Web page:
prints records on calls handled by your system
■
Intuity Message Manager — access to INTUITY AUDIX
and DEFINITY AUDIX voice processing on a personal
computer connected to a local area network
■
PC with terminal emulation software— allows remote
system administration from a personal computer
■
Call Accounting System (CAS) — uses call records to
create billing reports for the hospitality industry
■
Call Management System (CMS) — collects information
and generates reports on telemarketing centers
■
DEFINITY AUDIX workstation — allows you to
administer voice mail
■
System printer/LAN Gateway — connects to the system
printer and local area network server
3
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Getting started
Overview of DEFINITY systems
4
Phone types
Your DEFINITY system may have any of the following phone
types administered as user phones. As you make changes to your
system, you’ll need to know whether each phone is an analog,
digital, hybrid, or ISDN phone.
Analog
Digital
Hybrid
ISDN
500
6402
7303S
7505D
2500
6408, 6408+, 6408D
7305S
7506D
10MET
6416D+
7309H
7507D
20MET
6424D+
7313H
8503D
30MET
7401D, 7401+
7314H
8510T
6210
7403D
7315H
8520T
6218
7404D
7316H
ASAI
6220
7405D, 7405ND
7317H
7101A
7406D, 7406+
7103A
7407D, 7407+
7104A
7410D, 7410+
8110
7434D, 7434ND
DS1FD
7444D
K2500
8403B
8405B, 8405B+
8405D, 8405D+
8410B, 8410D
8411B, 8411D
8434D
602A1
603A1, 603D1, 603E1
606A1
DEFINITY System’s Little Instruction Book
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Getting started
Accessing your system
5
Accessing your system
You need to log in before you can administer your telephone
system. To log in, you need to know:
■
your login and password
■
the type of terminal or terminal emulation program that
you are using
Change your password frequently, at least once a month, to help
keep hackers out of your system. For instructions on how to
change your password or add new logins, refer to ‘‘Assigning and
changing users’’ on page 71.
Logging into the system
If your system requires Access Security Gateway procedures,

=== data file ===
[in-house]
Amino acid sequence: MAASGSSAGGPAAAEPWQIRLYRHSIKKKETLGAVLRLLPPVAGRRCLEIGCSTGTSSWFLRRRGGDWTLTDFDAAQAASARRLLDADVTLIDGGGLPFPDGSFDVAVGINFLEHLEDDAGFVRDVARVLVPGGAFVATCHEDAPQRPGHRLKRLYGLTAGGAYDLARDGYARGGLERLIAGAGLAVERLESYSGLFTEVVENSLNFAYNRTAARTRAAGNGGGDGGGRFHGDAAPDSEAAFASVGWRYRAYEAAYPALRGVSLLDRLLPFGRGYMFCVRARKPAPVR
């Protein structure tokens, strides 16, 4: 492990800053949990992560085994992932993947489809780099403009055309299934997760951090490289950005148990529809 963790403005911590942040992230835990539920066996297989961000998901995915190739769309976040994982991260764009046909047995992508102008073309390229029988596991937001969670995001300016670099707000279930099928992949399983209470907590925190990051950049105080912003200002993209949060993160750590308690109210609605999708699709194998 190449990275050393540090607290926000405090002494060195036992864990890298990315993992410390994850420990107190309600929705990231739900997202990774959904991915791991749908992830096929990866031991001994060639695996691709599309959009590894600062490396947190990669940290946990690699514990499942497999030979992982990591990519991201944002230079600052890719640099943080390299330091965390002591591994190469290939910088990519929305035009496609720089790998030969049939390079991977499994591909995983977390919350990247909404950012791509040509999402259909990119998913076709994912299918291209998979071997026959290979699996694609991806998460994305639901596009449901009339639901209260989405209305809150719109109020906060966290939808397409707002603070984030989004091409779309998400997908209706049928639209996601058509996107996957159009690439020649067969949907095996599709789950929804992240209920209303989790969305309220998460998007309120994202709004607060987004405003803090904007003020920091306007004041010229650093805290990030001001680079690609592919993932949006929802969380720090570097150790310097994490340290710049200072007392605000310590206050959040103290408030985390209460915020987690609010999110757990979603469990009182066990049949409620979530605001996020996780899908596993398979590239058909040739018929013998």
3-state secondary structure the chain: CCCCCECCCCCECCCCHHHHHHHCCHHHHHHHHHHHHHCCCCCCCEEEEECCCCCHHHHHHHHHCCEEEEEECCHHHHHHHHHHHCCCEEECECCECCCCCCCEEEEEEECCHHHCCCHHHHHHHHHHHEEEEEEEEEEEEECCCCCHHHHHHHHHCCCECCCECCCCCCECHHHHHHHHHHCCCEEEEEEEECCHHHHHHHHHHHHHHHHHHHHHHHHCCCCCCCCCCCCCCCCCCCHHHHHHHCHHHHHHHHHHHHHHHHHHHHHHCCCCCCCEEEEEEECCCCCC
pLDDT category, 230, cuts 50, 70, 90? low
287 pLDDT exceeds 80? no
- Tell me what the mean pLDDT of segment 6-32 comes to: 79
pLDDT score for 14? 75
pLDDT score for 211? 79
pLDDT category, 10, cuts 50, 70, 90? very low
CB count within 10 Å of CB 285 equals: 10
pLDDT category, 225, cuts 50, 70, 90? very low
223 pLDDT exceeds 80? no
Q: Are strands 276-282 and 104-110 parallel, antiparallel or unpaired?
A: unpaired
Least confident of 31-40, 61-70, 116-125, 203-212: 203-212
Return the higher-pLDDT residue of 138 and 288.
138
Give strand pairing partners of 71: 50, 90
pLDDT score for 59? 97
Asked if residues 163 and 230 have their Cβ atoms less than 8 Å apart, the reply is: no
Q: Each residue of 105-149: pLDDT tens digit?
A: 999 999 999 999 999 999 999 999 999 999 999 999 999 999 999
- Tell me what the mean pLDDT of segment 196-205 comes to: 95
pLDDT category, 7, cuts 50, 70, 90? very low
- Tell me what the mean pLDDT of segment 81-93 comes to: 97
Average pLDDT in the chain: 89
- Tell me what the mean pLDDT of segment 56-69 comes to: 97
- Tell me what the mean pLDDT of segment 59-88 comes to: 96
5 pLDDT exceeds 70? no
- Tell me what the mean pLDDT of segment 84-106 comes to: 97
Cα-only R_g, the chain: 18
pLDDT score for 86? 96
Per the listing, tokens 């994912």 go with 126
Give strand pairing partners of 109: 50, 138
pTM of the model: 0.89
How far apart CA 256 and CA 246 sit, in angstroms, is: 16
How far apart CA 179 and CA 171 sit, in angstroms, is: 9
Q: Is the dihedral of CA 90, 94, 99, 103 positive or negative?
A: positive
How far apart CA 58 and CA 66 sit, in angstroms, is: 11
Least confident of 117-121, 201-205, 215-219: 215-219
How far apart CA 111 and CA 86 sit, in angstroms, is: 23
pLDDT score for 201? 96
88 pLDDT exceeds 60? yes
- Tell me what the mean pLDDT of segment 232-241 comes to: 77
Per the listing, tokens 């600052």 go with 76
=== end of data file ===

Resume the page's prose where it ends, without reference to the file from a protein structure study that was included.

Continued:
refer to DEFINITY ECS Administrator’s Guide for more
information.
1. At the prompt, type your login and press RETURN.
The system prompts you for your password.
2. Type your password and press RETURN.
Your password does not display on the screen. Be sure to
keep your password private.
The system prompts you for your terminal type. The type
in square brackets is the default.
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DEFINITY System’s Little Instruction Book
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Getting started
Accessing your system
6
Login:
Password:
System: XXXXXX
Software Version: xxxxxxxxxxxx
Terminal Type: (513, 715, 4410, 4425, VT220): [513]
Terminal screen for login
3. Press RETURN if you are using the default terminal.
Otherwise, enter the terminal type and press RETURN.
Once you log in, “Command” appears. The system is ready to
accept a new command.
Setting the system time and date
Update the system time and date for events such as leap year or
daylight savings time. The correct time and date ensure that
records are correct.
Tip:
Changing the date and time may modify Call Detail Recording
(CDR) data by 9 hours and 59 minutes. Therefore, you should
change the date and time after normal business hours.
To set the system time and date:
1. Type set time and press RETURN.
The Date and Time screen appears.
2. Complete the appropriate fields.